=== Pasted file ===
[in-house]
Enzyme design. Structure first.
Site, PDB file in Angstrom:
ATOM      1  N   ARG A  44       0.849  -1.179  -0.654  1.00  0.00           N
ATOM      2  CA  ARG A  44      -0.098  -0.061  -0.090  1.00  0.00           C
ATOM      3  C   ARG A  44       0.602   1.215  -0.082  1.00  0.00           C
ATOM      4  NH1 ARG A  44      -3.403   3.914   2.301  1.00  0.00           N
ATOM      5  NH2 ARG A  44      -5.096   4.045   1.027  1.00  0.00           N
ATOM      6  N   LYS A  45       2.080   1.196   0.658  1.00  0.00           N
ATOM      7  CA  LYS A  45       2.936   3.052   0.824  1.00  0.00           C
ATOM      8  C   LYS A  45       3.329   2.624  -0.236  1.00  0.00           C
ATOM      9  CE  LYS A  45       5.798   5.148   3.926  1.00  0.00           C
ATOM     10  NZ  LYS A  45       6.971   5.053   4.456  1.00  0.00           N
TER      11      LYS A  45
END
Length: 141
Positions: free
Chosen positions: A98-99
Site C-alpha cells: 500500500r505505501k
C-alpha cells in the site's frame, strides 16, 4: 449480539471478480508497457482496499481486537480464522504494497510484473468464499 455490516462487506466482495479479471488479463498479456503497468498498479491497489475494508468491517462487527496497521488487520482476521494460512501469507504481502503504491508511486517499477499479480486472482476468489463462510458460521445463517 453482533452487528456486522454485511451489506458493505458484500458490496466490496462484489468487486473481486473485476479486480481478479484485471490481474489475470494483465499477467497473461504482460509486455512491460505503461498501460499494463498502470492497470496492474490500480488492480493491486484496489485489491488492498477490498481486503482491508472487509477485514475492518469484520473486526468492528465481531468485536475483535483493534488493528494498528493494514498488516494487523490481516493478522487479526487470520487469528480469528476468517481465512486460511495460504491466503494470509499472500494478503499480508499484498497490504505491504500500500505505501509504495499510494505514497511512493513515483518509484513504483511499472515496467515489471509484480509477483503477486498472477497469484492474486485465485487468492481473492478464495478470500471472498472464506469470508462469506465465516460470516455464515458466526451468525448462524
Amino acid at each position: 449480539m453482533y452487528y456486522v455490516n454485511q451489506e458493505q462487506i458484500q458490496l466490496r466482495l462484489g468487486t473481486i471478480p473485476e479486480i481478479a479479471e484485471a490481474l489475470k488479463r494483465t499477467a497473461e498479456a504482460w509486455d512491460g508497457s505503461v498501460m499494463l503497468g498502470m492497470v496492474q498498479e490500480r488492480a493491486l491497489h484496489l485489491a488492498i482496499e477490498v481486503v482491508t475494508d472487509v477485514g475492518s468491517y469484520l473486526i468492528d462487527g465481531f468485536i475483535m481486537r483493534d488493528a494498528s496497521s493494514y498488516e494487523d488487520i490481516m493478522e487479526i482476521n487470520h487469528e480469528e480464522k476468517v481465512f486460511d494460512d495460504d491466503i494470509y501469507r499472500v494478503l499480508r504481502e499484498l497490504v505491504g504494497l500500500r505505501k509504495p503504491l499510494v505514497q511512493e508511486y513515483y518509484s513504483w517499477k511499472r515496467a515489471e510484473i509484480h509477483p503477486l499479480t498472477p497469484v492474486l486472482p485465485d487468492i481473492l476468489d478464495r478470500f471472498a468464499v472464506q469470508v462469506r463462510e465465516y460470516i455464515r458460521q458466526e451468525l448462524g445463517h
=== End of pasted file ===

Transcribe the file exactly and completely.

[in-house]
Enzyme design. Structure first.
Site, PDB file in Angstrom:
ATOM      1  N   ARG A  44       0.849  -1.179  -0.654  1.00  0.00           N
ATOM      2  CA  ARG A  44      -0.098  -0.061  -0.090  1.00  0.00           C
ATOM      3  C   ARG A  44       0.602   1.215  -0.082  1.00  0.00           C
ATOM      4  NH1 ARG A  44      -3.403   3.914   2.301  1.00  0.00           N
ATOM      5  NH2 ARG A  44      -5.096   4.045   1.027  1.00  0.00           N
ATOM      6  N   LYS A  45       2.080   1.196   0.658  1.00  0.00           N
ATOM      7  CA  LYS A  45       2.936   3.052   0.824  1.00  0.00           C
ATOM      8  C   LYS A  45       3.329   2.624  -0.236  1.00  0.00           C
ATOM      9  CE  LYS A  45       5.798   5.148   3.926  1.00  0.00           C
ATOM     10  NZ  LYS A  45       6.971   5.053   4.456  1.00  0.00           N
TER      11      LYS A  45
END
Length: 141
Positions: free
Chosen positions: A98-99
Site C-alpha cells: 500500500r505505501k
C-alpha cells in the site's frame, strides 16, 4: 449480539471478480508497457482496499481486537480464522504494497510484473468464499 455490516462487506466482495479479471488479463498479456503497468498498479491497489475494508468491517462487527496497521488487520482476521494460512501469507504481502503504491508511486517499477499479480486472482476468489463462510458460521445463517 453482533452487528456486522454485511451489506458493505458484500458490496466490496462484489468487486473481486473485476479486480481478479484485471490481474489475470494483465499477467497473461504482460509486455512491460505503461498501460499494463498502470492497470496492474490500480488492480493491486484496489485489491488492498477490498481486503482491508472487509477485514475492518469484520473486526468492528465481531468485536475483535483493534488493528494498528493494514498488516494487523490481516493478522487479526487470520487469528480469528476468517481465512486460511495460504491466503494470509499472500494478503499480508499484498497490504505491504500500500505505501509504495499510494505514497511512493513515483518509484513504483511499472515496467515489471509484480509477483503477486498472477497469484492474486485465485487468492481473492478464495478470500471472498472464506469470508462469506465465516460470516455464515458466526451468525448462524
Amino acid at each position: 449480539m453482533y452487528y456486522v455490516n454485511q451489506e458493505q462487506i458484500q458490496l466490496r466482495l462484489g468487486t473481486i471478480p473485476e479486480i481478479a479479471e484485471a490481474l489475470k488479463r494483465t499477467a497473461e498479456a504482460w509486455d512491460g508497457s505503461v498501460m499494463l503497468g498502470m492497470v496492474q498498479e490500480r488492480a493491486l491497489h484496489l485489491a488492498i482496499e477490498v481486503v482491508t475494508d472487509v477485514g475492518s468491517y469484520l473486526i468492528d462487527g465481531f468485536i475483535m481486537r483493534d488493528a494498528s496497521s493494514y498488516e494487523d488487520i490481516m493478522e487479526i482476521n487470520h487469528e480469528e480464522k476468517v481465512f486460511d494460512d495460504d491466503i494470509y501469507r499472500v494478503l499480508r504481502e499484498l497490504v505491504g504494497l500500500r505505501k509504495p503504491l499510494v505514497q511512493e508511486y513515483y518509484s513504483w517499477k511499472r515496467a515489471e510484473i509484480h509477483p503477486l499479480t498472477p497469484v492474486l486472482p485465485d487468492i481473492l476468489d478464495r478470500f471472498a468464499v472464506q469470508v462469506r463462510e465465516y460470516i455464515r458460521q458466526e451468525l448462524g445463517h